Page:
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Muslim clerics who spread an "evil and extremist ideology" will be deported, British Prime Minister Tony Blair told Parliament as his government moved to tighten the nation's anti- terrorism laws in the wake of last week's bombings that killed 52 people in London. The announcement came as police revealed that the attacks were perpetrated by four British Muslims of Pakistani origin, although the chief plotter and the maker of the bombs are still believed to be at large. Blair called Muslims in Britain "overwhelmingly law-abiding, decent members of our society."

Israeli troops took back the West Bank city of Tulkarm and arrested five members of Islamic Jihad in retaliation for Tuesday's terrorist bombing. The extremist group claimed responsibility for that attack. A Palestinian policeman died resisting the takeover. Control of Tulkarm had been transferred to the Palestinian Authority in March, but the bomber, who killed himself and three Israeli women, was from a village on its outskirts. Israel said it also would target Islamic Jihad's leadership and that Palestinian Authority President Mahmoud Abbas must understand that "these things don't just hurt Israel; in the end [they] will bring down his government."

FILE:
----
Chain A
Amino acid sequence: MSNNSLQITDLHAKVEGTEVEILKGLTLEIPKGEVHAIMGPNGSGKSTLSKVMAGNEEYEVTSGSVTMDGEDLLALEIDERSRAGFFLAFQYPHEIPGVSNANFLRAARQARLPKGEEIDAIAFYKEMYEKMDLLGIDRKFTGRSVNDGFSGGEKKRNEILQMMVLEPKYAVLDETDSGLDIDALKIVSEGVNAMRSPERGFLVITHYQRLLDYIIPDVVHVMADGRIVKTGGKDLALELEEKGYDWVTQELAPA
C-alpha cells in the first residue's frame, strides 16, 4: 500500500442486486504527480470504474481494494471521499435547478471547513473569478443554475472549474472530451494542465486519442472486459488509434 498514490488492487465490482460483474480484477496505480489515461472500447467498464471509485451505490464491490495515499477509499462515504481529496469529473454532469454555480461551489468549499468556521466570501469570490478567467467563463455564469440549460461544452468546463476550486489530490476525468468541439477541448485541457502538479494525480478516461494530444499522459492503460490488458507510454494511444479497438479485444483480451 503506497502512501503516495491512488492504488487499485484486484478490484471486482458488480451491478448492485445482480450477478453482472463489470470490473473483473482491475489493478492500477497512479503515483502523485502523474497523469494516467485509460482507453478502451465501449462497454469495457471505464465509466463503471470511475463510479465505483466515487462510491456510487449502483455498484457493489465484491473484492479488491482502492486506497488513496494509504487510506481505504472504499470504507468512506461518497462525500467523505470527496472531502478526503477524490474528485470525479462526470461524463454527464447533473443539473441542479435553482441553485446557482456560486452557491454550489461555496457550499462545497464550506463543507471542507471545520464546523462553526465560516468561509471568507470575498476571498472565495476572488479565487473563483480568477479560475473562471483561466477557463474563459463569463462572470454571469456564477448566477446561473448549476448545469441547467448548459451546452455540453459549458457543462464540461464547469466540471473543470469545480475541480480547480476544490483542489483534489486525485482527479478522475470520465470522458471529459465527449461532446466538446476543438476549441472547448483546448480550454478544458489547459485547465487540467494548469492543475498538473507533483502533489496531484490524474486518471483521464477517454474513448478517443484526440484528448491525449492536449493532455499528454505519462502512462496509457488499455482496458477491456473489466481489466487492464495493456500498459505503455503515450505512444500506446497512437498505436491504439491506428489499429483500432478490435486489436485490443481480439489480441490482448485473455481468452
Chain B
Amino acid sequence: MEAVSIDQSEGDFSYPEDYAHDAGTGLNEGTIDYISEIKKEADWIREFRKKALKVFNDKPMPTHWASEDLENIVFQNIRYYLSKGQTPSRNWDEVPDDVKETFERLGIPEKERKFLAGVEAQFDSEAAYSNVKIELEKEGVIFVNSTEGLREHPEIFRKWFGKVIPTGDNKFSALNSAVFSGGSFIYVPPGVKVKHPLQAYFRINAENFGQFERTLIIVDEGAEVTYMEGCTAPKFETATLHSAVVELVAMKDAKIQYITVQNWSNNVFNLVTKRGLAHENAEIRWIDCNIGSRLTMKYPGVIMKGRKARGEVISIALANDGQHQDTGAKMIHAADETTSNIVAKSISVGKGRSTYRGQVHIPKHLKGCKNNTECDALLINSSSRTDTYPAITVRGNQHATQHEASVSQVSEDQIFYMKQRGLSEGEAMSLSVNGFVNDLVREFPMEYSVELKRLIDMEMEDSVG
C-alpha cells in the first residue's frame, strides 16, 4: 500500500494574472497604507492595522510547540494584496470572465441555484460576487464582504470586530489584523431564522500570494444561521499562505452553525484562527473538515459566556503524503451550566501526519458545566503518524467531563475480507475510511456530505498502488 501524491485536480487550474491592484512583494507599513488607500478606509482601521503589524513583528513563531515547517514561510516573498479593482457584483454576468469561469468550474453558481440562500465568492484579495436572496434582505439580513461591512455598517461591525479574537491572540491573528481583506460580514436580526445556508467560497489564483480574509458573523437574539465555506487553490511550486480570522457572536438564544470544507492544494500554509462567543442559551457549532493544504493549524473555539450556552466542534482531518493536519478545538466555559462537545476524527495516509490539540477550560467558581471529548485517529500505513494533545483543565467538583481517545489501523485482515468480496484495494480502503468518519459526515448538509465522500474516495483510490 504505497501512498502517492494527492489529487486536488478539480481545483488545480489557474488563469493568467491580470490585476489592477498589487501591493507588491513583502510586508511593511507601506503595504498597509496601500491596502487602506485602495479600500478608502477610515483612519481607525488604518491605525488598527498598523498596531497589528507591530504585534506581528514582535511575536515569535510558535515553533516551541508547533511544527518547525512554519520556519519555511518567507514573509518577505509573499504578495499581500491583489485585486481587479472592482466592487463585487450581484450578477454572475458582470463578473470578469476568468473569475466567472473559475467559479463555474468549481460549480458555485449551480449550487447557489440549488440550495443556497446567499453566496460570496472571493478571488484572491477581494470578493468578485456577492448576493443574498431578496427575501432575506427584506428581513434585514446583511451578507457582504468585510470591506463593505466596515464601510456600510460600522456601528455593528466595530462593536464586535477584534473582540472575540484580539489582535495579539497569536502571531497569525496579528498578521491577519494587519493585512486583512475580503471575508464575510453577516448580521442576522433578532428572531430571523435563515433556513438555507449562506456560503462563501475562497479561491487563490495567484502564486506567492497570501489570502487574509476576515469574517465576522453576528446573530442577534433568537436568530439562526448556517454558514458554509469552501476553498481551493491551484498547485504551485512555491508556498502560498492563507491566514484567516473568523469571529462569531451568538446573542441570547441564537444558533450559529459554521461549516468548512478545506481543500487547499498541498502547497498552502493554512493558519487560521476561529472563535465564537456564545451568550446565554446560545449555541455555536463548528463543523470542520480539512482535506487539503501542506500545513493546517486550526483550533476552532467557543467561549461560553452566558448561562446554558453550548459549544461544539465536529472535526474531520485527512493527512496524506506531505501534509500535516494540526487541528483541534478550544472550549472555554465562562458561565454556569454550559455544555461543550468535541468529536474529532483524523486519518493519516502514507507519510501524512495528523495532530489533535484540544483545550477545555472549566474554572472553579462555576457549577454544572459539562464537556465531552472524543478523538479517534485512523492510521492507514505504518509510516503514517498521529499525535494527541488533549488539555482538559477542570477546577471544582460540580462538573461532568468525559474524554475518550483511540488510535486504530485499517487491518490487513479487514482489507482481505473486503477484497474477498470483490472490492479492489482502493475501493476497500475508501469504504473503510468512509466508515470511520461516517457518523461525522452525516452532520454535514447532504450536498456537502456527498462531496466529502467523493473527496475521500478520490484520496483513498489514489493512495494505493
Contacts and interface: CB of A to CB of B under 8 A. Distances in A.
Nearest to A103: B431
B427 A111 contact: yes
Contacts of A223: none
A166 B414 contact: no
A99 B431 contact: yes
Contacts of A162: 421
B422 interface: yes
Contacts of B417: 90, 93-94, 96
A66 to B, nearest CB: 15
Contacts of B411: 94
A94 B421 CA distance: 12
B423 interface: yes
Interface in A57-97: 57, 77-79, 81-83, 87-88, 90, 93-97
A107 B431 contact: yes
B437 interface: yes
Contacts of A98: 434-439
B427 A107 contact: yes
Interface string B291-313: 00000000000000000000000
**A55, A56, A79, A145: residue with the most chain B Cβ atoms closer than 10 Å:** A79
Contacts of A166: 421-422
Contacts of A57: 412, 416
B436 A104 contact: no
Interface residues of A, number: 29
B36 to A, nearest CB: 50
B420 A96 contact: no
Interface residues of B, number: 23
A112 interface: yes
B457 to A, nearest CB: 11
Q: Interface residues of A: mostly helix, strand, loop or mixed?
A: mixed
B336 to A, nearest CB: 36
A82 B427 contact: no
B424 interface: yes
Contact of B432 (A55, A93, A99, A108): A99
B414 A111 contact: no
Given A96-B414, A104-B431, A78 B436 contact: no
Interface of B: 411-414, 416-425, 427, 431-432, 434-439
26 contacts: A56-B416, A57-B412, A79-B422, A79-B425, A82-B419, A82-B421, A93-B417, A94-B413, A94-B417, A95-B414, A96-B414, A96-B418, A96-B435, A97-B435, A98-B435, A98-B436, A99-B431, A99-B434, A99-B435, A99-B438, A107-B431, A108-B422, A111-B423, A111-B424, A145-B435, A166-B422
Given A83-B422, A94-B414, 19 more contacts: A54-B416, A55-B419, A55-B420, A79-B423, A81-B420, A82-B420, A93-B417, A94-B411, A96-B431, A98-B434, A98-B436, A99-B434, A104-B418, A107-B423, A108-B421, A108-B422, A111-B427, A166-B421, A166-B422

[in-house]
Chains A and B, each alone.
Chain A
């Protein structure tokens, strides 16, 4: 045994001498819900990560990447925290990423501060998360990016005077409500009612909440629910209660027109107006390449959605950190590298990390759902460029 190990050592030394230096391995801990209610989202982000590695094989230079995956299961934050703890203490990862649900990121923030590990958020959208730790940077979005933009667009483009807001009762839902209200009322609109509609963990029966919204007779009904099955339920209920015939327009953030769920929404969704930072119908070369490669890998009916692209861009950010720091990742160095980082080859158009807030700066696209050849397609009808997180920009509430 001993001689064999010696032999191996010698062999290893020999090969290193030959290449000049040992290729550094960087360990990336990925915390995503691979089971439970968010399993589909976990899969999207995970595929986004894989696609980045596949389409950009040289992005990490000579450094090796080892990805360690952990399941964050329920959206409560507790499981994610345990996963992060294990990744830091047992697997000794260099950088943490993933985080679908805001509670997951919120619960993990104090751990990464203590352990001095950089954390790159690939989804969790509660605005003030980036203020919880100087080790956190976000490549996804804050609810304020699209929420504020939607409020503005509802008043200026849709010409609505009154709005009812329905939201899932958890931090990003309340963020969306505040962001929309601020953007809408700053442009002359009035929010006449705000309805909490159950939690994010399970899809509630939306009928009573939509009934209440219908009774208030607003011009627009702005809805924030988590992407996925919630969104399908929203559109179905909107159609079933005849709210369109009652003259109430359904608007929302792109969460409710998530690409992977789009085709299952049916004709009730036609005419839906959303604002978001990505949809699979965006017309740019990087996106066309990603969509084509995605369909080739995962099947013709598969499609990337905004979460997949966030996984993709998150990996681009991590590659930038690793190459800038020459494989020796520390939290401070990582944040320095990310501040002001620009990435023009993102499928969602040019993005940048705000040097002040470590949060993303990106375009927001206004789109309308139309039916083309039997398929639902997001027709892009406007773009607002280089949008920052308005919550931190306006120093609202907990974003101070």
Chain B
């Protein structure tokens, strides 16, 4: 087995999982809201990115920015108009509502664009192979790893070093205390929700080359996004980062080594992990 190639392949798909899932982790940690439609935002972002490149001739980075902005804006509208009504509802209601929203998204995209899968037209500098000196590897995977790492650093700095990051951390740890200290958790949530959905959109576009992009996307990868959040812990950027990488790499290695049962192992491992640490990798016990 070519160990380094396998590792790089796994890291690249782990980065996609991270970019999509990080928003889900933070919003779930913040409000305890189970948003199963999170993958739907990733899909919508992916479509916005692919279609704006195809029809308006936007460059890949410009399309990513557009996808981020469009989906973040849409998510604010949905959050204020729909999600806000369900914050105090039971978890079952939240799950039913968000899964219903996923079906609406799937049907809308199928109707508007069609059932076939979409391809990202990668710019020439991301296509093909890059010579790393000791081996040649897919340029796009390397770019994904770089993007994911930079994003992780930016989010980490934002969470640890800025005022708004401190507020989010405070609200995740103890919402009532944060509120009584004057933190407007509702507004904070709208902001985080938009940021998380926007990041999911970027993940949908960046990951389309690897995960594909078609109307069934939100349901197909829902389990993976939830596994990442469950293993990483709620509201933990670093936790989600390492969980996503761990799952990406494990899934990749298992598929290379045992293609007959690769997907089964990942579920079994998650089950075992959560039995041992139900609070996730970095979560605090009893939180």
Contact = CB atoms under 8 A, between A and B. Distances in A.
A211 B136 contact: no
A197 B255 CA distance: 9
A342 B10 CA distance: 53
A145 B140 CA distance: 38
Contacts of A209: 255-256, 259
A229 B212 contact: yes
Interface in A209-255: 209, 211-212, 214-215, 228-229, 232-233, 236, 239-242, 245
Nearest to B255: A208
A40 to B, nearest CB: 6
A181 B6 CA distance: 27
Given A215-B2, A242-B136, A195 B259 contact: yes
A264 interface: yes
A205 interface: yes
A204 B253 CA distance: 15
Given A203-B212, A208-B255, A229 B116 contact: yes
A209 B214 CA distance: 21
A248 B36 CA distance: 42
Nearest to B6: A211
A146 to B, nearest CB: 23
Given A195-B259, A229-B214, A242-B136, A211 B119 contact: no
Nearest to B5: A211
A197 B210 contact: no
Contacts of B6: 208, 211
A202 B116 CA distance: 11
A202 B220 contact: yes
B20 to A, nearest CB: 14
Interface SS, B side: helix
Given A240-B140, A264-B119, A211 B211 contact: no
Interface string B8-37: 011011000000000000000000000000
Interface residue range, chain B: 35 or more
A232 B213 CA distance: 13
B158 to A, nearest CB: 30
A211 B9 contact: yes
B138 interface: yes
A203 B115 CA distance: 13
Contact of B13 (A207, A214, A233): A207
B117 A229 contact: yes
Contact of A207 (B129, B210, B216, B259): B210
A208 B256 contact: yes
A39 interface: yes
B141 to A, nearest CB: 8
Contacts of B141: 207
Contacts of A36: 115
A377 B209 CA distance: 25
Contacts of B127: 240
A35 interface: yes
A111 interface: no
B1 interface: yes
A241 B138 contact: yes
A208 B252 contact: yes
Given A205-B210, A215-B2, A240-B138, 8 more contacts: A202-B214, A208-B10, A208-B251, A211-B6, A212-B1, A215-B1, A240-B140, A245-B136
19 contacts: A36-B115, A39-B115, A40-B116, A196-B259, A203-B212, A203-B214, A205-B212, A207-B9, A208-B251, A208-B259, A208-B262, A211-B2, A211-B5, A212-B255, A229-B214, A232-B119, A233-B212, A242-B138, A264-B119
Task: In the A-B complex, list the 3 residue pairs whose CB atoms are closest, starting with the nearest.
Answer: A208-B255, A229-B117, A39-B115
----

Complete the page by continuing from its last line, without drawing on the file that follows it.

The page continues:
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Despite another deadly car bomb explosion Wednesday, Iraqi Prime Minister Ibrahim al-Jaafari said his government's security forces are ready to assume responsibility for law and order in some cities as a step toward sending foreign troops home. He didn't specify the cities, but pointed to the Kurdish north and Shiite south. He also rejected calls for a pullout timetable. Almost as he spoke, however, 27 people were killed and 67 others were wounded in an explosion in Baghdad. Many of the victims were children lined up for handouts of candy from American soldiers.

Negligence on the part of a passenger train operator was blamed for the worst railway accident in Pakistan in 14 years. Reports from the scene said 128 people died and 170 others were hurt when a Lahore-to-Karachi express crashed into another train that had stopped for repairs. A third train, coming from the opposite direction, plowed into the wreckage.

The remains of the last two men missing after an explosion in a Chinese coal mine early Monday were recovered, bringing the number of deaths to 83. Only four of the miners who were underground at the time escaped.